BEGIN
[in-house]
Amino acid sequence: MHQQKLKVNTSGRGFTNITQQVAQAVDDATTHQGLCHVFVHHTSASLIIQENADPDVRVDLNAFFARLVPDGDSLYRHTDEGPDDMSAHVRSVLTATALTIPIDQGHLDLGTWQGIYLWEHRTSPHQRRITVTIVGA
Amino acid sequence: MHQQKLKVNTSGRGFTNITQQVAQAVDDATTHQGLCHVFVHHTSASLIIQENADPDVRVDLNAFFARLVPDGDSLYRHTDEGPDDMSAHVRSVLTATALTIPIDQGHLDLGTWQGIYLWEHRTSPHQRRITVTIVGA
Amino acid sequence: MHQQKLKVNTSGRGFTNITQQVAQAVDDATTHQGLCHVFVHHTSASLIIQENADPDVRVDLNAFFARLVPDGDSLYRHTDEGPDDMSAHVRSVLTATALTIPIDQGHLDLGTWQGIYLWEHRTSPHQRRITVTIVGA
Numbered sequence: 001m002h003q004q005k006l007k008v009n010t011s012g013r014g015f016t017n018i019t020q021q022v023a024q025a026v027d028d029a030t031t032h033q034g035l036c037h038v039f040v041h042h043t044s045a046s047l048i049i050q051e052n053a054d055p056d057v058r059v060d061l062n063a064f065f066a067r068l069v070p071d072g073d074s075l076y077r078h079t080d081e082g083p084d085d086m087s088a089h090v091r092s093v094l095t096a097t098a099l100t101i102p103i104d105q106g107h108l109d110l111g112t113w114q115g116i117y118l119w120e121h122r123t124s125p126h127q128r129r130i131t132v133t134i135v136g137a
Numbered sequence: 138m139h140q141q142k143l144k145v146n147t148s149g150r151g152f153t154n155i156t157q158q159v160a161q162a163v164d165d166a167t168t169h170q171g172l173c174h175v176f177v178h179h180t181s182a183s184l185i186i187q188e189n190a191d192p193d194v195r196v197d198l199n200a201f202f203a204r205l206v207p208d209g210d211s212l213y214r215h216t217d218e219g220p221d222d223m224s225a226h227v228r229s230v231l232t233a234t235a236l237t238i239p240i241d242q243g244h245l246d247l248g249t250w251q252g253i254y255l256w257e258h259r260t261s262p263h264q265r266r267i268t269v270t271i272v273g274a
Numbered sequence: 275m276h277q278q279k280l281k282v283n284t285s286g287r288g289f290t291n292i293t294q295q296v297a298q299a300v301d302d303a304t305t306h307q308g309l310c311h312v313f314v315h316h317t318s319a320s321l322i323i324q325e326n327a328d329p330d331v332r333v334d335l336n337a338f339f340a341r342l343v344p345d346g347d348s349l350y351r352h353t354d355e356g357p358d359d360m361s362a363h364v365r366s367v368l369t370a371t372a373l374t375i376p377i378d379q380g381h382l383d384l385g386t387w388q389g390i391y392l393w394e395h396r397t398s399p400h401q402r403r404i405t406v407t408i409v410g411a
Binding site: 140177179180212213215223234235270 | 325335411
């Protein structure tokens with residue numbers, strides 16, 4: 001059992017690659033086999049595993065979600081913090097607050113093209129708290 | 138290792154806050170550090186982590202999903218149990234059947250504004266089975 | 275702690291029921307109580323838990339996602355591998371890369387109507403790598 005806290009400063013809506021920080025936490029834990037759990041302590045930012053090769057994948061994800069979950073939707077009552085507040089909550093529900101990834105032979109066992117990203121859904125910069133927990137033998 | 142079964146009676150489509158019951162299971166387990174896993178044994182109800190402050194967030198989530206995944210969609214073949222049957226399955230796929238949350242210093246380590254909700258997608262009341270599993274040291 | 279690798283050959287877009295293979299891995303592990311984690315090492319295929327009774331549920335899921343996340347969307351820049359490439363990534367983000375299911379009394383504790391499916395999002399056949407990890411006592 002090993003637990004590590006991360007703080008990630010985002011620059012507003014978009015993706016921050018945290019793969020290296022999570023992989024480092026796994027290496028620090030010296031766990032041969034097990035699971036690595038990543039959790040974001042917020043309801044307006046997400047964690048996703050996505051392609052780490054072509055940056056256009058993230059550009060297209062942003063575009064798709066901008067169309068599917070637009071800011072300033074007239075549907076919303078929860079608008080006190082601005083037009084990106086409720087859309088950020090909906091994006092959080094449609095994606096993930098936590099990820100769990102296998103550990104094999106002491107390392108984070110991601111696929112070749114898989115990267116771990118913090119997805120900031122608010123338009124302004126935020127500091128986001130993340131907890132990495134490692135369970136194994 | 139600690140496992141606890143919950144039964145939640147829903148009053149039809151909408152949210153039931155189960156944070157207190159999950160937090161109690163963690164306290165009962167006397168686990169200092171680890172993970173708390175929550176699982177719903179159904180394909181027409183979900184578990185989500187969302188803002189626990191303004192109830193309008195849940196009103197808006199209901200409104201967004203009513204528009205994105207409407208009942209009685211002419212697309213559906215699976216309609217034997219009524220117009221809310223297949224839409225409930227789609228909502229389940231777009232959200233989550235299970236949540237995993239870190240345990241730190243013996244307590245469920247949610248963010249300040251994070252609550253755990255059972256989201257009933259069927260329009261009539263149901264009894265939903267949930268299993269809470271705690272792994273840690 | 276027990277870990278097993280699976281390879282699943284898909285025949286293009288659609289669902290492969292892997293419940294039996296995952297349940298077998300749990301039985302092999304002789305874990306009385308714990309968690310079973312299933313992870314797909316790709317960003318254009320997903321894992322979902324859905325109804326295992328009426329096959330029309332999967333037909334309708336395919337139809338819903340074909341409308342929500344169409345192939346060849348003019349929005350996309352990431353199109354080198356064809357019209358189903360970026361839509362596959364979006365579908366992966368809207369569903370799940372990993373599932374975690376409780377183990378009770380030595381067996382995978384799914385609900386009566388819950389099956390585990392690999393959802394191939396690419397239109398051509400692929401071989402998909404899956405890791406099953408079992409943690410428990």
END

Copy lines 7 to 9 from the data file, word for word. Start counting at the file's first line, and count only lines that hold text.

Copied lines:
Numbered sequence: 275m276h277q278q279k280l281k282v283n284t285s286g287r288g289f290t291n292i293t294q295q296v297a298q299a300v301d302d303a304t305t306h307q308g309l310c311h312v313f314v315h316h317t318s319a320s321l322i323i324q325e326n327a328d329p330d331v332r333v334d335l336n337a338f339f340a341r342l343v344p345d346g347d348s349l350y351r352h353t354d355e356g357p358d359d360m361s362a363h364v365r366s367v368l369t370a371t372a373l374t375i376p377i378d379q380g381h382l383d384l385g386t387w388q389g390i391y392l393w394e395h396r397t398s399p400h401q402r403r404i405t406v407t408i409v410g411a
Binding site: 140177179180212213215223234235270 | 325335411
């Protein structure tokens with residue numbers, strides 16, 4: 001059992017690659033086999049595993065979600081913090097607050113093209129708290 | 138290792154806050170550090186982590202999903218149990234059947250504004266089975 | 275702690291029921307109580323838990339996602355591998371890369387109507403790598 005806290009400063013809506021920080025936490029834990037759990041302590045930012053090769057994948061994800069979950073939707077009552085507040089909550093529900101990834105032979109066992117990203121859904125910069133927990137033998 | 142079964146009676150489509158019951162299971166387990174896993178044994182109800190402050194967030198989530206995944210969609214073949222049957226399955230796929238949350242210093246380590254909700258997608262009341270599993274040291 | 279690798283050959287877009295293979299891995303592990311984690315090492319295929327009774331549920335899921343996340347969307351820049359490439363990534367983000375299911379009394383504790391499916395999002399056949407990890411006592 002090993003637990004590590006991360007703080008990630010985002011620059012507003014978009015993706016921050018945290019793969020290296022999570023992989024480092026796994027290496028620090030010296031766990032041969034097990035699971036690595038990543039959790040974001042917020043309801044307006046997400047964690048996703050996505051392609052780490054072509055940056056256009058993230059550009060297209062942003063575009064798709066901008067169309068599917070637009071800011072300033074007239075549907076919303078929860079608008080006190082601005083037009084990106086409720087859309088950020090909906091994006092959080094449609095994606096993930098936590099990820100769990102296998103550990104094999106002491107390392108984070110991601111696929112070749114898989115990267116771990118913090119997805120900031122608010123338009124302004126935020127500091128986001130993340131907890132990495134490692135369970136194994 | 139600690140496992141606890143919950144039964145939640147829903148009053149039809151909408152949210153039931155189960156944070157207190159999950160937090161109690163963690164306290165009962167006397168686990169200092171680890172993970173708390175929550176699982177719903179159904180394909181027409183979900184578990185989500187969302188803002189626990191303004192109830193309008195849940196009103197808006199209901200409104201967004203009513204528009205994105207409407208009942209009685211002419212697309213559906215699976216309609217034997219009524220117009221809310223297949224839409225409930227789609228909502229389940231777009232959200233989550235299970236949540237995993239870190240345990241730190243013996244307590245469920247949610248963010249300040251994070252609550253755990255059972256989201257009933259069927260329009261009539263149901264009894265939903267949930268299993269809470271705690272792994273840690 | 276027990277870990278097993280699976281390879282699943284898909285025949286293009288659609289669902290492969292892997293419940294039996296995952297349940298077998300749990301039985302092999304002789305874990306009385308714990309968690310079973312299933313992870314797909316790709317960003318254009320997903321894992322979902324859905325109804326295992328009426329096959330029309332999967333037909334309708336395919337139809338819903340074909341409308342929500344169409345192939346060849348003019349929005350996309352990431353199109354080198356064809357019209358189903360970026361839509362596959364979006365579908366992966368809207369569903370799940372990993373599932374975690376409780377183990378009770380030595381067996382995978384799914385609900386009566388819950389099956390585990392690999393959802394191939396690419397239109398051509400692929401071989402998909404899956405890791406099953408079992409943690410428990």